Infectious and Noninfectious Inflammatory Disorders: Vasculitis Including Arteritis, Thrombophlebitis and Vascular Thrombosis




  • Venous and arterial disease is an important conduit of inflammatory disease spread in the head and neck.
  • Venous and arterial structures are frequently secondarily involved in head and neck pathology, and their involvement may be the most crucial feature of the disease.
  • Some of the most disastrous functional outcomes can be the result of vascular complications, especially with regard to the eye and brain.
  • Computed tomographic angiography, and to a lesser extent magnetic resonance imaging, magnetic resonance angiography, diffusion-weighted imaging, and susceptibility-weighted imaging, have replaced catheter angiography for initial screening for possible vascular abnormalities related to inflammation.
  • While an excellent tool for vascular pathology, ultrasound has only a very limited role to play in these diseases, as it does not show the full extent and nature of disease and/or related findings.



Venous thrombosis or thrombophlebitis may complicate or be the source of an inflammatory process in the head and neck region.1 In general, the involved vessel or sinus contains clot and varying degrees of perivascular inflammation induced by causative pathology that somehow irritates the endothelium and starts the clotting cascade.

Causative pathology initiating venous disease is most frequently in the sinuses and mastoid. Two common examples are sigmoid sinus thrombosis secondary to mastoiditis and jugular vein thrombophlebitis related to indwelling catheters. Other sources include the pharynx, such as Lemierre tonsillogenic venous thrombosis (Fig. 15.1), sinus infections, and occasionally the skin (Fig. 15.2).

FIGURE 15.1. Contrast-enhanced computed tomography in a patient with severe bacterial tonsillitis studied to exclude an abscess. The image in (A) shows a suppurative retropharyngeal lymph node (arrow) and extensive cellulitis. The jugular vein is occluded (arrowhead). In (B) and (C), the cellulitis is shown to be very extensive, and the jugular vein is occluded compared to the patent normal right vein.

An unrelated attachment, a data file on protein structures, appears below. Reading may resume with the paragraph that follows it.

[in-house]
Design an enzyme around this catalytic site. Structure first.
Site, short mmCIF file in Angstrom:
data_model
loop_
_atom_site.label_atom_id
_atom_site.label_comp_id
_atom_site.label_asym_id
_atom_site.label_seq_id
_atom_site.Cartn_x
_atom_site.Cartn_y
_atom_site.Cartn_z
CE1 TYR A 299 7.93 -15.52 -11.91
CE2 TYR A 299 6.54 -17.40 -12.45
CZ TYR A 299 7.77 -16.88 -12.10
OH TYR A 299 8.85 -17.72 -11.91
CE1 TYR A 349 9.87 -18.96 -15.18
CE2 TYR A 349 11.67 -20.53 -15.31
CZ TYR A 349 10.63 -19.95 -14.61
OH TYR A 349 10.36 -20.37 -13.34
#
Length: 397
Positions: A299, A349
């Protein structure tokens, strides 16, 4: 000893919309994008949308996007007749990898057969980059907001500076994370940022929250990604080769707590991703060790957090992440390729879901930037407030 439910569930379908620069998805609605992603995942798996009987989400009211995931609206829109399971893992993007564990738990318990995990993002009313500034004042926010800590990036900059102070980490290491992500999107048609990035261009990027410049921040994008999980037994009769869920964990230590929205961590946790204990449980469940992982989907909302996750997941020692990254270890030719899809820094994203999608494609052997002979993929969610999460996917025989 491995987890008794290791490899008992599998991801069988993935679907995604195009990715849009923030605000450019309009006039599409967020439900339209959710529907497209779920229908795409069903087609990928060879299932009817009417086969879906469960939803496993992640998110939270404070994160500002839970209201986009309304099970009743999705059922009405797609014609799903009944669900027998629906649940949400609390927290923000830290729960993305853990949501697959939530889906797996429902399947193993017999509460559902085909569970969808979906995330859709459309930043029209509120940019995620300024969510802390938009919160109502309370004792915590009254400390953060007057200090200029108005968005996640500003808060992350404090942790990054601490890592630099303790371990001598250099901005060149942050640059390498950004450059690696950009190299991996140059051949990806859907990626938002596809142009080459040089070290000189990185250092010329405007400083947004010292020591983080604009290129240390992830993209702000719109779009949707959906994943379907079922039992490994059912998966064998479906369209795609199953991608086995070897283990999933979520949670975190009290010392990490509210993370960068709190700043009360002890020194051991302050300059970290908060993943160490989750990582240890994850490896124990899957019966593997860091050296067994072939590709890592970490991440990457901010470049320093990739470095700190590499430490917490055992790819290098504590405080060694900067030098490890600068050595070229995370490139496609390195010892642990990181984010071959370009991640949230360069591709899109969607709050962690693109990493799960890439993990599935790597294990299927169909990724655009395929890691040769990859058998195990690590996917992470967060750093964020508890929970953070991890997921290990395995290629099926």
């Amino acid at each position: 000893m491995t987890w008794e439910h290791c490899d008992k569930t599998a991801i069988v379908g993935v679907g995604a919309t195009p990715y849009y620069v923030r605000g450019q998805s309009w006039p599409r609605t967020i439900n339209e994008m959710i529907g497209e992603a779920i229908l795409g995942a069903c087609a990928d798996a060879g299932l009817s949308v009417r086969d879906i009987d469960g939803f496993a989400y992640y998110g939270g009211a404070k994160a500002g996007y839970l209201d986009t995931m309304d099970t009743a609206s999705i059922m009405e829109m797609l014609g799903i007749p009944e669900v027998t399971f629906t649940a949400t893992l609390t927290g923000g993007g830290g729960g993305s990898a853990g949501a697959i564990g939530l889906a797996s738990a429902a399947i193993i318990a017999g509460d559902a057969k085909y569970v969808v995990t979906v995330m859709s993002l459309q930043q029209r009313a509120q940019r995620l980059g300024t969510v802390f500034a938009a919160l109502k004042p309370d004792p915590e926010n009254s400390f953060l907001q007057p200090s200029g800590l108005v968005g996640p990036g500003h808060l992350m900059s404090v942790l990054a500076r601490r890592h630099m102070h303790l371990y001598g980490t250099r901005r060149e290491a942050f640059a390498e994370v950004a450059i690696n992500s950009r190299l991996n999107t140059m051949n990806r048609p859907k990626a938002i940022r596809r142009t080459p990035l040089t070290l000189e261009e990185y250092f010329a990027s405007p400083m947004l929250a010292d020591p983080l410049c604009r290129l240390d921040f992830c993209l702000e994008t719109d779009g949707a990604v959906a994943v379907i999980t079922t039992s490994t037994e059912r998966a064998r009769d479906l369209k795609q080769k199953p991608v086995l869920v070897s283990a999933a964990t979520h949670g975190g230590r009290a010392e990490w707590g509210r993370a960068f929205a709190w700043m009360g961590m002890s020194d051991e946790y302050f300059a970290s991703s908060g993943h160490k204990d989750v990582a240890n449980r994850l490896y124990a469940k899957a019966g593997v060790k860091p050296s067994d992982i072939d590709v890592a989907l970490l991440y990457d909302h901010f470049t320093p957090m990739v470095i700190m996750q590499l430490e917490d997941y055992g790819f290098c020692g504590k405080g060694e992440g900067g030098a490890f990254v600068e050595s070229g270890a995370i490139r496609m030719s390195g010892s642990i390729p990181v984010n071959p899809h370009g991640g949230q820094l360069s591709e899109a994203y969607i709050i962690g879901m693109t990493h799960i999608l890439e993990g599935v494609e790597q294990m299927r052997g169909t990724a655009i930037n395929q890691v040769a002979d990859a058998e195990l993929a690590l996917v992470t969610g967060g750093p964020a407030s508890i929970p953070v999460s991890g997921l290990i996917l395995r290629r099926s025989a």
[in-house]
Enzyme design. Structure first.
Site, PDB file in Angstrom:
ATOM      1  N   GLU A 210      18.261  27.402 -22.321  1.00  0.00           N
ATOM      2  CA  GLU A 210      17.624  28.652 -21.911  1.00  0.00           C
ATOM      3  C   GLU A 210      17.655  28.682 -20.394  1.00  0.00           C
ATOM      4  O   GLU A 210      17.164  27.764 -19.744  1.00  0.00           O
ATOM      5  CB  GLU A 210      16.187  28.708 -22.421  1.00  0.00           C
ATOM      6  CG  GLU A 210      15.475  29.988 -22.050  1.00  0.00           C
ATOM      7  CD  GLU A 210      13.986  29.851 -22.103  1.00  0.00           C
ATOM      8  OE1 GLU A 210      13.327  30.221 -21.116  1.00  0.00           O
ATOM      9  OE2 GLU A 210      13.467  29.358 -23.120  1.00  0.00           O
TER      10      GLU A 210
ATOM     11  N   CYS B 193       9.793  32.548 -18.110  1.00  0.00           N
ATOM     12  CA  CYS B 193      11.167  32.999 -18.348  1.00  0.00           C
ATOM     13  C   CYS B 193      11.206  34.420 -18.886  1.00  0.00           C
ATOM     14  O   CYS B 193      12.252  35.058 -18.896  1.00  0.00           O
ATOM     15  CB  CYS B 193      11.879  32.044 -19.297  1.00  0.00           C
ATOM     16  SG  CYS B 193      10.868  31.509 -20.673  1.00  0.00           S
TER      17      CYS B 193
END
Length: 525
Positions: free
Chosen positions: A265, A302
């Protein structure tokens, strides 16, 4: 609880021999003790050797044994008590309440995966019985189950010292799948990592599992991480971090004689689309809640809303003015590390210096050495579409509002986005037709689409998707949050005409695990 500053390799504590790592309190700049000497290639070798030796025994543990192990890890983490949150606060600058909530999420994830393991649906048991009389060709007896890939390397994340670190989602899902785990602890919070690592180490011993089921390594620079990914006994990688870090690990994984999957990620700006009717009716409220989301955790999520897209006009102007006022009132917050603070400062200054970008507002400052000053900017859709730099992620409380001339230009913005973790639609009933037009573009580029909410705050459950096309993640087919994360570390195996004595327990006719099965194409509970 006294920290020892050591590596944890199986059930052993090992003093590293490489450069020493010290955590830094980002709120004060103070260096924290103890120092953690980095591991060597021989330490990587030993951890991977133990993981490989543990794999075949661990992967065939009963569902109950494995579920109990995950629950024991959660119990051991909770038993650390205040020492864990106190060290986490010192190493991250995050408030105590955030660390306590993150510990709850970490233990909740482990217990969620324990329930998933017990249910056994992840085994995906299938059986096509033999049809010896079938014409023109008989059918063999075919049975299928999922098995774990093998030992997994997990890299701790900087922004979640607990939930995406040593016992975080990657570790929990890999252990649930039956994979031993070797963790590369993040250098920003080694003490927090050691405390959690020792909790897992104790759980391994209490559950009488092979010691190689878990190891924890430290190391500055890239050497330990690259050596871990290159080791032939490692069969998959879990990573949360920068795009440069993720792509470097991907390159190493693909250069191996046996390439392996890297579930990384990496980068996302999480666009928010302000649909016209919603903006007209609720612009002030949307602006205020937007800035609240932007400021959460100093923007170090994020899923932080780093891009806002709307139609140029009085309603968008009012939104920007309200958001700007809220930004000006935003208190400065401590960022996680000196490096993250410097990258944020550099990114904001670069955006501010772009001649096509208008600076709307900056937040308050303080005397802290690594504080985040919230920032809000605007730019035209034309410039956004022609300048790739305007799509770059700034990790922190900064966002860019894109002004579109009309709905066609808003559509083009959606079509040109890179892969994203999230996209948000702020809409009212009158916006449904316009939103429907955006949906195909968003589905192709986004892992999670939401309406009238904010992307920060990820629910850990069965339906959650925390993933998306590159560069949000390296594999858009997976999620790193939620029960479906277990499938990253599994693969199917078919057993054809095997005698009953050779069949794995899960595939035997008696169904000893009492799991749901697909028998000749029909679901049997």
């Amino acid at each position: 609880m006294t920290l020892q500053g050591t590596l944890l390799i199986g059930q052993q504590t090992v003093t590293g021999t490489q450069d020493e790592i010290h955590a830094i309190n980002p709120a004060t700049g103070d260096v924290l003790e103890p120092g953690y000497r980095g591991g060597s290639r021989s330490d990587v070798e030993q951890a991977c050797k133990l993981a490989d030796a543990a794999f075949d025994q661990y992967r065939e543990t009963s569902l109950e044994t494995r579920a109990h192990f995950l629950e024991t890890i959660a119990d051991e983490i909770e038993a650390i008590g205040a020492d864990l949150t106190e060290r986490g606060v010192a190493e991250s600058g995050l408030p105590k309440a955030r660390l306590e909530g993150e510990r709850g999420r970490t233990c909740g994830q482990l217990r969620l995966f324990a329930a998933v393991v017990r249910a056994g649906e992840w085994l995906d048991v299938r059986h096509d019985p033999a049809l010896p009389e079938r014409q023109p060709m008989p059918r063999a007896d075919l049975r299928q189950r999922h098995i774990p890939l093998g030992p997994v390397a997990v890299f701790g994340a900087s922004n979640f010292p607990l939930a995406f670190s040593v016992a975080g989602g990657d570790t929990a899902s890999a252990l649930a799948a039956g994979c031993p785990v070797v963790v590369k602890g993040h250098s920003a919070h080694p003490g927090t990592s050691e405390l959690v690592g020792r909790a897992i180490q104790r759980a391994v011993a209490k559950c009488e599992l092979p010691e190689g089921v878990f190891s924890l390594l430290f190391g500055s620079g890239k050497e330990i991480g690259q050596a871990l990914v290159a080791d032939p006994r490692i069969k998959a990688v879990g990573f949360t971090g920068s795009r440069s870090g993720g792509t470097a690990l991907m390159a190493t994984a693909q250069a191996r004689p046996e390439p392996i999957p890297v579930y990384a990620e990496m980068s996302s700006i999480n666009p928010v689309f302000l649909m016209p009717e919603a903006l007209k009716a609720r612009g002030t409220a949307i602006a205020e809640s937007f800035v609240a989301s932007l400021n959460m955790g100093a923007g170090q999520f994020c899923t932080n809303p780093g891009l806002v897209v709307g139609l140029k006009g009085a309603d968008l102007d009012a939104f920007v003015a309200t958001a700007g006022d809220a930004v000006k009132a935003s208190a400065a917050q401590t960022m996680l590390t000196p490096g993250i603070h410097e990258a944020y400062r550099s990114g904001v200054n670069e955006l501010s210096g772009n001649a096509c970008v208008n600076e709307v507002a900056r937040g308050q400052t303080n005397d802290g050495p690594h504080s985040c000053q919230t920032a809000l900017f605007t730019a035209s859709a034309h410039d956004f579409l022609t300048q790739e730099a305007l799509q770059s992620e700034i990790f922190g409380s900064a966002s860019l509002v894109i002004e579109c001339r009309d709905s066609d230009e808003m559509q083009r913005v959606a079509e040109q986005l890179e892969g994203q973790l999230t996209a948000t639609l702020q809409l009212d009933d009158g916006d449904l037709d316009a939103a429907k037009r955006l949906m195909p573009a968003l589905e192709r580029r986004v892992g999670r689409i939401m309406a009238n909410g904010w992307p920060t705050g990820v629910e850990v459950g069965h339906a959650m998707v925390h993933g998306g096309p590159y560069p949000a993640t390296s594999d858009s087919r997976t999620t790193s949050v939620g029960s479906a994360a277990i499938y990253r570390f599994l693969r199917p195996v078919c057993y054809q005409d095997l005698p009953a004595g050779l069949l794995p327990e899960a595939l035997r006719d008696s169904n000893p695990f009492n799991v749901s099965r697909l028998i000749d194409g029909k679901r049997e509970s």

FIGURE 15.2. Contrast-enhanced computed tomography and magnetic resonance (MR) imaging of a patient with a skin infection that traveled via the external jugular vein (arrows in A and B) to create an extracranial abscess in the deep scalp (arrows in C) and via transdiploic vessels to create an epidural abscess as seen (arrows) on the sagittal MR image in (D).

Septic thrombophlebitis is an important route of spread of infectious disease from the extracranial head and neck structures to the intracranial compartment.2,3 Such spread may be via transdiploic vessels to the skull, epidural space, subdural space, subarachnoid space, and brain (Fig. 15.3). Either bland or septic involvement of the cavernous sinus, other major dural sinuses, and cortical veins is possible. Any or all of these vascular structures may be simultaneously involved (Fig. 15.4). Intracranial involvement due to such vascular spread is often close to the inciting infection but can be fairly remote (Fig. 15.2).4

FIGURE 15.3. Contrast-enhanced magnetic resonance images showing frontal (arrows in A) transdiploic vessels that are a potential route of spread of sinus disease intracranially and in (B) a transdiploic vein (arrow) in the temporal bone communicating with the sigmoid sinus (arrowhead). The latter pathway could account for an epidural abscess or a thrombosed sigmoid sinus due to mastoid infection. (C) Anatomic section showing transdiploic vessels (arrows).

FIGURE 15.4. Contrast-enhanced computed tomography of a patient with bilateral cavernous sinus thrombosis. A: The secondarily occluded ophthalmic veins are dilated (arrows), and the venous sinusoids of the cavernous sinus do not fill (arrowheads). B: The sinusoids do not fill (arrows), and clot extends into the clival plexus and superior petrosal sinuses (arrowheads). C: The coronal series confirms the lack of sinusoid filling, even on these images that were delayed. D: The follow-up study shows all findings to be resolved.